7 Helpful Travel Tips For First-Timers Visiting Chichen Itza (Mexico)

You couldn’t call your trip to Mexico complete without visiting Chichen Itza, the Mayan ruins. Without making too many “The Arrival” jokes, “Have you seen the ruins, my friend?”

When you visit the ruins at Chichen Itza, you can make your trip more enjoyable by knowing what to expect and how to get the most out of visiting. What you see in photos online and in travel books typically shows the main pyramid but there’s so much more to see.

1. Be ready to explore

The ruins take about three hours to tour. If you had the notion that it would just be a quick stop on your day, know that it takes several hours.

You’re visiting the ruins of a town, not simply a religious site. You should explore the entire site to enjoy the ancient sports complex, for example. The Mayans loved sports and the ball courts survived. Although you can’t ball on them, you can photograph them and explore their perimeter. Imagine your favorite athletes competing in this Mayan megaplex.

Also, don’t miss the temple or the observatory also located in town. The excavated townsite is massive. You should wear sneakers or loafers, so you can stay comfortable while hiking around it. Also, wear a hat and plenty of sunscreens. There’s no shade at the ruins and it gets hot.

2. You can no longer walk on the pyramids or the other ruins

Until a few years ago, tourists could schlep up the steps and take selfies atop the pyramid. The government no longer allows walking on the pyramids. A rope encircles each of the ruins and you’ll find yourself at least 10 yards away from each structure. You can just use a zoom lens for a cute photo.

3. The nearby towns of Pisté and Valladolid provide context and comfort

You can stop for lunch here or spend the night. While you can’t camp at the ruins, you can stay overnight in the nearby towns. This lets you soak up a bit of modern culture in the area, too. While the ruins represent what was, you can experience what is in Pisté or Valladolid. An overnight stay in either location provides you with an opportunity to experience what those Mayan cultures developed into. You can find comfortable hotels and delicious casual and fine dining restaurants in both towns.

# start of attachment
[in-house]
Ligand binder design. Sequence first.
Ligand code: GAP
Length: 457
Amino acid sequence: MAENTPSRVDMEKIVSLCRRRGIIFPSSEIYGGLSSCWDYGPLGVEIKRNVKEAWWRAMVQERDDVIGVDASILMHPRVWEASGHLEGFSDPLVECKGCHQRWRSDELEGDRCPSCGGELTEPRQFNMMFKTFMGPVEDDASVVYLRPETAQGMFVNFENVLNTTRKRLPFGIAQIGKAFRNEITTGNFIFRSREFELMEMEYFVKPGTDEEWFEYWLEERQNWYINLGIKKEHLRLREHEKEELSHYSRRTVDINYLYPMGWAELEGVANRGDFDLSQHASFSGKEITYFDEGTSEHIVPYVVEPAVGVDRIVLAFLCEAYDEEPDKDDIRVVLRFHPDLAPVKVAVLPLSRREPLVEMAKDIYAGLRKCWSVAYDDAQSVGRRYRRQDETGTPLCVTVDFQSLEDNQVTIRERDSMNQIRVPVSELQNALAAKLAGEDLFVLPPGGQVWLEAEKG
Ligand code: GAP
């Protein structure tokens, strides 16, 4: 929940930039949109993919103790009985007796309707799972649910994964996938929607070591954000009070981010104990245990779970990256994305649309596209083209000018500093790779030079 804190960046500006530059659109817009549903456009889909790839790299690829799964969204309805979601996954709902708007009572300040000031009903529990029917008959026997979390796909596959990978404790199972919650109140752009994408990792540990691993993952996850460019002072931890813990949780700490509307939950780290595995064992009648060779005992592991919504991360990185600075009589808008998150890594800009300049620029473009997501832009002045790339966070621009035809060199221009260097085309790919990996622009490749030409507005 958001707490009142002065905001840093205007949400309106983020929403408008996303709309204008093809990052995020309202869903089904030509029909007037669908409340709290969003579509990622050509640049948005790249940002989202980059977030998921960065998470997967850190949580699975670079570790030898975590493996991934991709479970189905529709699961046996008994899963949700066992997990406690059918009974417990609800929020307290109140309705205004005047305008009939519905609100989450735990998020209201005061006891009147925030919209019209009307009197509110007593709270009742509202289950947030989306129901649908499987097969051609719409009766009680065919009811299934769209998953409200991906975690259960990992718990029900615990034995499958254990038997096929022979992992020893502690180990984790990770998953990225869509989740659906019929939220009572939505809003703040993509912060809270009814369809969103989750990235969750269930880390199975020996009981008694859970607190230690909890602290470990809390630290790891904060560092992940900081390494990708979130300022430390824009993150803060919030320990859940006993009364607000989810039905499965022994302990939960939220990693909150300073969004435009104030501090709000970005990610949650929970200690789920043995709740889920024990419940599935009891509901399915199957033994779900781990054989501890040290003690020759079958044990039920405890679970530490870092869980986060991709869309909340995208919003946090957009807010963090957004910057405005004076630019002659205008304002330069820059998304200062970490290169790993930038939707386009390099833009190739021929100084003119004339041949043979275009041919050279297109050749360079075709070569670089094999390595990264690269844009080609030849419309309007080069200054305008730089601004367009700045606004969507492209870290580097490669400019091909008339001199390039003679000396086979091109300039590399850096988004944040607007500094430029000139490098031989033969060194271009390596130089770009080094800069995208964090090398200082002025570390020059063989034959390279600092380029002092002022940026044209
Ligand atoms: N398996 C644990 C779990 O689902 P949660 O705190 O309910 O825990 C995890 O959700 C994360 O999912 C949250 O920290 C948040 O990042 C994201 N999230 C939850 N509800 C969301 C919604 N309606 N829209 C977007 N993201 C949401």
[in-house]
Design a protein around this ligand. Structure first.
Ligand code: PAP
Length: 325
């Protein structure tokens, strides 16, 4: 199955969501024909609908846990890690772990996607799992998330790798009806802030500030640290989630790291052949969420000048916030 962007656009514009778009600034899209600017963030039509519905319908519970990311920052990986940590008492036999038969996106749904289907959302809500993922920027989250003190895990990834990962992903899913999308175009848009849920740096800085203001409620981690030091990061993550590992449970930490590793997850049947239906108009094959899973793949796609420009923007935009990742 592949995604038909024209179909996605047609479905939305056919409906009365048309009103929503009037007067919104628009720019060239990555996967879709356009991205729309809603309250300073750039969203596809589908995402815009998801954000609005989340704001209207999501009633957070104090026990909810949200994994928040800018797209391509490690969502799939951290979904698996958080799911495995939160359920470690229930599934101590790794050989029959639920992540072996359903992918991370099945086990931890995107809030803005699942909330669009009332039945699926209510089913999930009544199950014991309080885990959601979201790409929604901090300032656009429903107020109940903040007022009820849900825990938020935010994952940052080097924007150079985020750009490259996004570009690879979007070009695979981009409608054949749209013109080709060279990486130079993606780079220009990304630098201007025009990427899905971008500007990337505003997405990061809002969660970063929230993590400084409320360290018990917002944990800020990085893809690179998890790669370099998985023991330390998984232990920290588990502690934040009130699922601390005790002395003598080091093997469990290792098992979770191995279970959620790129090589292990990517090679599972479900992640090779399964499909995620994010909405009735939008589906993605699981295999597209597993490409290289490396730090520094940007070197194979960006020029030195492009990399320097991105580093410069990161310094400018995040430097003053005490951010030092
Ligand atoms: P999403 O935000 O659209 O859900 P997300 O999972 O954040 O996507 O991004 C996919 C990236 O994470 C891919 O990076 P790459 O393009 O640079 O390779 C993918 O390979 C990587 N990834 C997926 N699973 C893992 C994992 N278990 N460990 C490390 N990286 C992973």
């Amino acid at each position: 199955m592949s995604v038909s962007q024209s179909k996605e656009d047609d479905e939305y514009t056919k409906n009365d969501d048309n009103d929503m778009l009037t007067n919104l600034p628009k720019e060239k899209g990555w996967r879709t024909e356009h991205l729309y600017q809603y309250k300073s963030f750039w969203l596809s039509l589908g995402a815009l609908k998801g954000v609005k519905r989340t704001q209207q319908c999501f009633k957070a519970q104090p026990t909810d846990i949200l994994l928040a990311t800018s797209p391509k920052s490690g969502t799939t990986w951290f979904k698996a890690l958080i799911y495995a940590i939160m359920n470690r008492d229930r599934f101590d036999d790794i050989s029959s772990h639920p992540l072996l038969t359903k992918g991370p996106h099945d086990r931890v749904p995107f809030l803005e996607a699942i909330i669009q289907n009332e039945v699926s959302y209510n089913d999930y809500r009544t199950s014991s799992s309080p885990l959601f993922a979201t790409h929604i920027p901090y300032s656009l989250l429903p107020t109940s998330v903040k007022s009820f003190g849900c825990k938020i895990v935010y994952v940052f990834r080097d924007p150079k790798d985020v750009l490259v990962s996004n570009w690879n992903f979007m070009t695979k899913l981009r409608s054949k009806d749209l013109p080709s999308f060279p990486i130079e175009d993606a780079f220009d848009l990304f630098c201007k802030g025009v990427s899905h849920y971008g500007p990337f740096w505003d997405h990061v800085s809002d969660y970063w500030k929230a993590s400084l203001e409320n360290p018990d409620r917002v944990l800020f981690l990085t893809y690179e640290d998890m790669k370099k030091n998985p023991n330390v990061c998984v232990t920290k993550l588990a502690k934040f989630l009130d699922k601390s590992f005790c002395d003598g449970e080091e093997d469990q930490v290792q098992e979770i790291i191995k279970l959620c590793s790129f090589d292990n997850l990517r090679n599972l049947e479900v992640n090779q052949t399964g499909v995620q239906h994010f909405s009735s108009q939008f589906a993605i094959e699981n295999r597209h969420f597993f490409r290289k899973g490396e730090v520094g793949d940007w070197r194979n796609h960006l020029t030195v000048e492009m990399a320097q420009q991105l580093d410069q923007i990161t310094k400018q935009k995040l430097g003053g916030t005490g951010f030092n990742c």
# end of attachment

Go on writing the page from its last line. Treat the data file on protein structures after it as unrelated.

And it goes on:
4. Pack some pesos

Withdraw money from your bank at the hotel ATM. While there is an ATM, also known as a money machine in Mexico, at the site, it often runs out of cash to dispense. You will need about 250 pesos just to get into the site. Entry requires two tickets, and they equal about that in cost. You must pay in cash. You will also need pesos for the food vendors just outside of the ruins and the souvenir vendors. Forget using your credit cards or Apple Pay, Google Wallet, PayPal, etc.

5. Hire a tour guide

You will miss a lot if you simply read the informational pamphlets. The well-trained tour guides on a private Chichen Itza tour can explain the historical significance of the site and astronomical theories on the site’s construction and layout. This would make your visit memorable.

6. Timing means a lot to the success of your visit

The perfect times of year to avoid include major holidays and Sundays. On these days, Mexican nationals receive free entry to the site. Locals flock to this significant religious and cultural site. Time of day matters, too. You should arrive before the gates open at 8 am for the best results. If you beat the crowds, you can enjoy the site. Alternately, you can wait until 3 pm when the tours leave. The site closes at 5 pm though, so this may not leave you time to explore fully.

7. You cannot swim or wade in the cenote, the local wetland

This portion of the site was used in Mayan times, not for sports, but for human sacrifice. The people who lived at Chichen Itza practiced human sacrifice as a part of their religion and the cenote near the pyramids was sacrificial water where they would throw the bodies of their sacrifice. Besides the fact that it is a religious site, many years of dead people are in the waters. You should not swim in that type of environment. If the lime-green water isn’t enough to put you off, the thought of hoards of dead people having been thrown in there and swimming in their ancient remains should do it.

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